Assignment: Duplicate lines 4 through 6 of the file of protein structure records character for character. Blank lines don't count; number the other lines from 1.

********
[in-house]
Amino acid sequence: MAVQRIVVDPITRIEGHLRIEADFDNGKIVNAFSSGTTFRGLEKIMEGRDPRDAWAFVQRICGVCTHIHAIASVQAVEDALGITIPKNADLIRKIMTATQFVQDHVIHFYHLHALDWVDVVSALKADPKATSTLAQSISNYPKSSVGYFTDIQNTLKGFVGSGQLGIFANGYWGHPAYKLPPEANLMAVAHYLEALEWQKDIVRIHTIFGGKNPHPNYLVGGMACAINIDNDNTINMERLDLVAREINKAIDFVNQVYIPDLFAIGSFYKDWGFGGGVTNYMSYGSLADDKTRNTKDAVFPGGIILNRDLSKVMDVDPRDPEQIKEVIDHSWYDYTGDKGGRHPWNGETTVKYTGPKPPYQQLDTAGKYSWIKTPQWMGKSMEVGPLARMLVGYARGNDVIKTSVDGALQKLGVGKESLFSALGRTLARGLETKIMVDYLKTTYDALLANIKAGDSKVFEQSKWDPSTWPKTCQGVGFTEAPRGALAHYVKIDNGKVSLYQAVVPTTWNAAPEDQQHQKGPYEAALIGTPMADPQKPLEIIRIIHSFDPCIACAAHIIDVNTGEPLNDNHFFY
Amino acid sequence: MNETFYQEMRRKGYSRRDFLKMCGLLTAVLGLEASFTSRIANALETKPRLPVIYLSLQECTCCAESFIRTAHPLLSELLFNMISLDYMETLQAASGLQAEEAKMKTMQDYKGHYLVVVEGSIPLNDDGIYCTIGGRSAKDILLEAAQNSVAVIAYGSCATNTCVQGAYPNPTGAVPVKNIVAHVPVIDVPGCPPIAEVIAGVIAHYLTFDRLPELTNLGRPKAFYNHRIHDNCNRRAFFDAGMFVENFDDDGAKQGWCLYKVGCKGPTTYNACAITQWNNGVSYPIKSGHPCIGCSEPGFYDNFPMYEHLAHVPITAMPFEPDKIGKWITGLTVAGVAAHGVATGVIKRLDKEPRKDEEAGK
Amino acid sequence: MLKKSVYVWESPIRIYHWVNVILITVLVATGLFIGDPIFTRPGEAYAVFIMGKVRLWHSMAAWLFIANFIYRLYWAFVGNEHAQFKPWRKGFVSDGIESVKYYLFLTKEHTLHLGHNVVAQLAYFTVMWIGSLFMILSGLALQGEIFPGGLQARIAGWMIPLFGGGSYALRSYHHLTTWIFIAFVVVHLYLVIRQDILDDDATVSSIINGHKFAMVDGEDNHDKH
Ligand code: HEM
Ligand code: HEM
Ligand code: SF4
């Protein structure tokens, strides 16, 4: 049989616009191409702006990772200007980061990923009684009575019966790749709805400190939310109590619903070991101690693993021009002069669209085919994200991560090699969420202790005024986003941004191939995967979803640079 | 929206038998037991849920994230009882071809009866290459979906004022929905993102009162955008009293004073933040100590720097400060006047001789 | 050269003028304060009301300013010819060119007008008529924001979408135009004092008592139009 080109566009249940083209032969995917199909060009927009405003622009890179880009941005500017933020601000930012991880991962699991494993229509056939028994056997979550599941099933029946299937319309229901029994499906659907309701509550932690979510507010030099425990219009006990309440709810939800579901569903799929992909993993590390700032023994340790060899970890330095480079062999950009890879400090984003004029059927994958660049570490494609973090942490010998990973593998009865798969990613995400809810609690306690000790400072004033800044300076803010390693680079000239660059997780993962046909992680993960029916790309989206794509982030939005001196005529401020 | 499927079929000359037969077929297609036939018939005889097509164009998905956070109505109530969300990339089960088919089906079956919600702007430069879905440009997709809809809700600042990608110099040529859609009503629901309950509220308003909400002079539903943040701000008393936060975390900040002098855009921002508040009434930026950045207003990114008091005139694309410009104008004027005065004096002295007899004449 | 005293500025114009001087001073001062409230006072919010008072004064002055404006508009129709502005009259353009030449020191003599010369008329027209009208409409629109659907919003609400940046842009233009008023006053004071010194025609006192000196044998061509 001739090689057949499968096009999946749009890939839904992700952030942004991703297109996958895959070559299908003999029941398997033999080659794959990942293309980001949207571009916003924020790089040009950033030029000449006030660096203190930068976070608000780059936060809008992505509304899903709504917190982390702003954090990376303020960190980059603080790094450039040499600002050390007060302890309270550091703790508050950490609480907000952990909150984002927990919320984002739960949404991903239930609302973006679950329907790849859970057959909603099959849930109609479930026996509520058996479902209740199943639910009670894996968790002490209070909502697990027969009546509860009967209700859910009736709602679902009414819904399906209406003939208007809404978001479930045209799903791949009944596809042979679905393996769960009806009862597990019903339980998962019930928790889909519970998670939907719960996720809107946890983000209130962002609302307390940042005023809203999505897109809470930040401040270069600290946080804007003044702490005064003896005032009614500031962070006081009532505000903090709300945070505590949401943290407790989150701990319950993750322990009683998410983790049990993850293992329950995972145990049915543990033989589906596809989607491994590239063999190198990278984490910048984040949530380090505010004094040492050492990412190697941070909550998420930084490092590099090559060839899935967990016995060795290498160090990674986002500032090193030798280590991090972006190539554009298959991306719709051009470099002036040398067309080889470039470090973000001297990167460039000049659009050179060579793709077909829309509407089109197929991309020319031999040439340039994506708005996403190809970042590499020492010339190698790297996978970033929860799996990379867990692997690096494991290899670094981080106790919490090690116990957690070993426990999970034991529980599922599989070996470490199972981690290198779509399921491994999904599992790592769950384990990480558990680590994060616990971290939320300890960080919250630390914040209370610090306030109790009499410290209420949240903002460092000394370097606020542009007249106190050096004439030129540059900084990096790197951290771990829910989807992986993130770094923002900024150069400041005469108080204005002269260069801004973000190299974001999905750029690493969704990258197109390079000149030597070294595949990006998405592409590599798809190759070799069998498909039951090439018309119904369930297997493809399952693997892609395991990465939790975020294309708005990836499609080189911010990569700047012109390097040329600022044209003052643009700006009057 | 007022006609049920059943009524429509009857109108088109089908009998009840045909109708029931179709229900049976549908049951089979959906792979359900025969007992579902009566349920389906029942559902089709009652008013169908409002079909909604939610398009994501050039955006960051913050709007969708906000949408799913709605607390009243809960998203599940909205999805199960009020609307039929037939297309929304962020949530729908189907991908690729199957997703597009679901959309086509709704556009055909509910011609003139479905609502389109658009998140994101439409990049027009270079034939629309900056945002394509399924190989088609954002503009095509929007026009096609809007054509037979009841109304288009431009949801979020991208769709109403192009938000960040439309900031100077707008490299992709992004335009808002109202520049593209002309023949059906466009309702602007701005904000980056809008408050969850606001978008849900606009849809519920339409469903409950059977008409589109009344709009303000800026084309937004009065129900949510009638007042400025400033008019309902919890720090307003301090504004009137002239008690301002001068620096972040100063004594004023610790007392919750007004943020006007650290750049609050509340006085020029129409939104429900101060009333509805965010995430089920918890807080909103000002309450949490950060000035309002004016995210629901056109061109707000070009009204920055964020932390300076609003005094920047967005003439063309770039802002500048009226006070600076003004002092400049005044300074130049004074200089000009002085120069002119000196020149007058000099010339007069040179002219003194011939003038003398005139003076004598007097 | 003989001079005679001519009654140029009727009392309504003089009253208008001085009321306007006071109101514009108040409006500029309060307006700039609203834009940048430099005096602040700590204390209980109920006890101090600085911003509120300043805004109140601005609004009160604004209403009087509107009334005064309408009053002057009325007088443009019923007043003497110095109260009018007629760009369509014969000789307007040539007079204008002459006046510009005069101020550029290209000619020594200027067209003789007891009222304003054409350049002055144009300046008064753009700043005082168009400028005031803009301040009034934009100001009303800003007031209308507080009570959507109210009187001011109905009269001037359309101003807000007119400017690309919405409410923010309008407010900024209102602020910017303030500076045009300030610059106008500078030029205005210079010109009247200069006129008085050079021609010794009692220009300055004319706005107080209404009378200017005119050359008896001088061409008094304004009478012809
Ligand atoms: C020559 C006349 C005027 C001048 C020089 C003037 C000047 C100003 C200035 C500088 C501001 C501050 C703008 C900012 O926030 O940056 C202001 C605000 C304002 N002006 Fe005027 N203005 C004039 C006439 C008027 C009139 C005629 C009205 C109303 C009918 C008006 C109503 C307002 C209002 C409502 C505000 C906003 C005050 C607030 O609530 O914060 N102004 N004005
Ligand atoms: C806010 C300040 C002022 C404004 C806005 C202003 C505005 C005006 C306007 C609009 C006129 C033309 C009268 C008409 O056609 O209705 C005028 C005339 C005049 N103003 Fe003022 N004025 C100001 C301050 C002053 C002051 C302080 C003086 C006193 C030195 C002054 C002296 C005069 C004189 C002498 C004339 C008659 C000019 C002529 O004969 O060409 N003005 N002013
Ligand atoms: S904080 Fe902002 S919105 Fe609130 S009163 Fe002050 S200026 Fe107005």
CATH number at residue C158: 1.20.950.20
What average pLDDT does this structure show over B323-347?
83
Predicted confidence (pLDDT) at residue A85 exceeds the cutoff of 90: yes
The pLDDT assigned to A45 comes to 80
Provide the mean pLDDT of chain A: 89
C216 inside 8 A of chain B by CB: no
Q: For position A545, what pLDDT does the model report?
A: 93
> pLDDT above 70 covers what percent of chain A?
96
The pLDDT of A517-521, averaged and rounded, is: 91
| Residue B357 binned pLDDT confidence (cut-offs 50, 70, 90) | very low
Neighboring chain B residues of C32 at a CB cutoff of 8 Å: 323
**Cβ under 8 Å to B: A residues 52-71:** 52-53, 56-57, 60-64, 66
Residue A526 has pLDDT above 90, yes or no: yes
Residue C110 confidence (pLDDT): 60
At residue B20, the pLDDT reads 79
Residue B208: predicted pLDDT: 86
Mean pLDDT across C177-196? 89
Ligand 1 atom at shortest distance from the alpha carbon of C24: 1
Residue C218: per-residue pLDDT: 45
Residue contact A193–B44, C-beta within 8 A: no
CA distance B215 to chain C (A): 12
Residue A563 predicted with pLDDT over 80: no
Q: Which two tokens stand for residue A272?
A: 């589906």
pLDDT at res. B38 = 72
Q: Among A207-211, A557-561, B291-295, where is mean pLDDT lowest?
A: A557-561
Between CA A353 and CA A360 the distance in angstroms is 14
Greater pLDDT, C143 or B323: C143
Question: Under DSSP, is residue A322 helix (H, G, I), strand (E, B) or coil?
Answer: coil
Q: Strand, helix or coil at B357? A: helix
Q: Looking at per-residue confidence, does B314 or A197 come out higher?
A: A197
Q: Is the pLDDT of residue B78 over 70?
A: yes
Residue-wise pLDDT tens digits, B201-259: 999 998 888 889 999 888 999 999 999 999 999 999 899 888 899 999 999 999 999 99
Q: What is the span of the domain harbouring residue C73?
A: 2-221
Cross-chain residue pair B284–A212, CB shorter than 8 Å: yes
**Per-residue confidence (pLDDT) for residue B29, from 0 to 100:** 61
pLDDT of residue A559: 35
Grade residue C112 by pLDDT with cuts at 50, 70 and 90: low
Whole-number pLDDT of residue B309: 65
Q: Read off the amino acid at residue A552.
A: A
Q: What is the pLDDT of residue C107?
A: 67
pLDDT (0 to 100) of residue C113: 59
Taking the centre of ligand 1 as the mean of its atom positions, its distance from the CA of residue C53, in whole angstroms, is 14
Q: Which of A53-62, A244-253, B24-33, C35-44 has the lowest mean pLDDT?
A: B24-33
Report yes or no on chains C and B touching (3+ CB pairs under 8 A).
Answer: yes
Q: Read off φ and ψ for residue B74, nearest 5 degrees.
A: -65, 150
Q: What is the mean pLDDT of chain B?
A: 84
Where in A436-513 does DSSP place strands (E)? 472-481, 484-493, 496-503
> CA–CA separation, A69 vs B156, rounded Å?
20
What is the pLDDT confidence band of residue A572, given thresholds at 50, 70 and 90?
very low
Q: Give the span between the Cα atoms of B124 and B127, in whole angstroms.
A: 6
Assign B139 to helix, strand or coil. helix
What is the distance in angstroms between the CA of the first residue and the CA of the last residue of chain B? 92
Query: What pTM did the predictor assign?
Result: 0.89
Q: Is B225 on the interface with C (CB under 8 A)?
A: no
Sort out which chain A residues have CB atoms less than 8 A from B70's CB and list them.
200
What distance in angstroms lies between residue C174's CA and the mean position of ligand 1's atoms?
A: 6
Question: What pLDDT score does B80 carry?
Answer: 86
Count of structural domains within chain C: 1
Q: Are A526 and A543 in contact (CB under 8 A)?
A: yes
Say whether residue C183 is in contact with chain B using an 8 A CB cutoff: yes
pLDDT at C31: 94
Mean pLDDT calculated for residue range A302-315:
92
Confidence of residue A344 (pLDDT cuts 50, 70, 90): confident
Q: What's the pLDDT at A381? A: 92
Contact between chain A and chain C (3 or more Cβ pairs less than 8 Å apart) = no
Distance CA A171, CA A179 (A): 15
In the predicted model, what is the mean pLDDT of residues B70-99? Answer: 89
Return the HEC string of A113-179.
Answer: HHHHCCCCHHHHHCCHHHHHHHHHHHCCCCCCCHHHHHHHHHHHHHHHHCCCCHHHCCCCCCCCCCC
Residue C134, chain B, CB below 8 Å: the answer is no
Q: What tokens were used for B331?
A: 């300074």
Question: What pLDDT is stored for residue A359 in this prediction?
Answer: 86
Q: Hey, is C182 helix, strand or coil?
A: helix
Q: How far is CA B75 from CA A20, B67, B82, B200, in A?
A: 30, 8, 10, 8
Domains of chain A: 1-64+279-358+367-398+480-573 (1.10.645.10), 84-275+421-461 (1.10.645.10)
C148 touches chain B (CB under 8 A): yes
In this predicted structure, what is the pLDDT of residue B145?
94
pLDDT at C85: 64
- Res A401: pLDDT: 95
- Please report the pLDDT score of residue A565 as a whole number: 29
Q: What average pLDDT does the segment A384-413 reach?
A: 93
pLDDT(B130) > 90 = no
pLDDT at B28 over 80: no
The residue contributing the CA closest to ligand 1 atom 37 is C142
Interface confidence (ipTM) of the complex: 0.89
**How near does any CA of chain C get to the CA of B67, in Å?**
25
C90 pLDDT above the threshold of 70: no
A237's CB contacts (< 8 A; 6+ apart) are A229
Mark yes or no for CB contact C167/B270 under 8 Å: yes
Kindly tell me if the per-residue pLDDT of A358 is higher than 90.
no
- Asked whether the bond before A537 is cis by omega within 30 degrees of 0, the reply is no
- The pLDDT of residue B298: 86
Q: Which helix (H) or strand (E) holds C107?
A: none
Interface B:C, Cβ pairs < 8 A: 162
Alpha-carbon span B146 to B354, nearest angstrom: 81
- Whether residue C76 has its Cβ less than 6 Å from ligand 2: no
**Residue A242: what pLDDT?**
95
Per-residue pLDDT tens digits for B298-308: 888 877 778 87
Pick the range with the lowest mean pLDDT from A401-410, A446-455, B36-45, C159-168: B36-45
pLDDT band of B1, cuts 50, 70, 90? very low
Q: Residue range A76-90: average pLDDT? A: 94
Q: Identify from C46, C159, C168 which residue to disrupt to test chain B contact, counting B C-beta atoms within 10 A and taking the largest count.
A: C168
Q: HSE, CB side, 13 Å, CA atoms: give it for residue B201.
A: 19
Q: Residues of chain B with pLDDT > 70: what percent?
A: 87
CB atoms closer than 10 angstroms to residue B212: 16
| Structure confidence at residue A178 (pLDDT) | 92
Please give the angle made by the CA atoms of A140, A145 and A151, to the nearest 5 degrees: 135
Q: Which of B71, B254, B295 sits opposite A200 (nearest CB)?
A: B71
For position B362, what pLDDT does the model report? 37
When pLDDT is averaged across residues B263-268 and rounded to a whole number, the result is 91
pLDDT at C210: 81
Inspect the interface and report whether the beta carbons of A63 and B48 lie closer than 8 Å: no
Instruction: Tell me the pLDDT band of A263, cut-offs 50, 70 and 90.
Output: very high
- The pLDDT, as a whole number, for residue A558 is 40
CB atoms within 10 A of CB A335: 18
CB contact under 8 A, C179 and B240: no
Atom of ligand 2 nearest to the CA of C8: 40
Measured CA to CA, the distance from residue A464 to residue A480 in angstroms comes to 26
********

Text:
Amino acid sequence: MLKKSVYVWESPIRIYHWVNVILITVLVATGLFIGDPIFTRPGEAYAVFIMGKVRLWHSMAAWLFIANFIYRLYWAFVGNEHAQFKPWRKGFVSDGIESVKYYLFLTKEHTLHLGHNVVAQLAYFTVMWIGSLFMILSGLALQGEIFPGGLQARIAGWMIPLFGGGSYALRSYHHLTTWIFIAFVVVHLYLVIRQDILDDDATVSSIINGHKFAMVDGEDNHDKH
Ligand code: HEM
Ligand code: HEM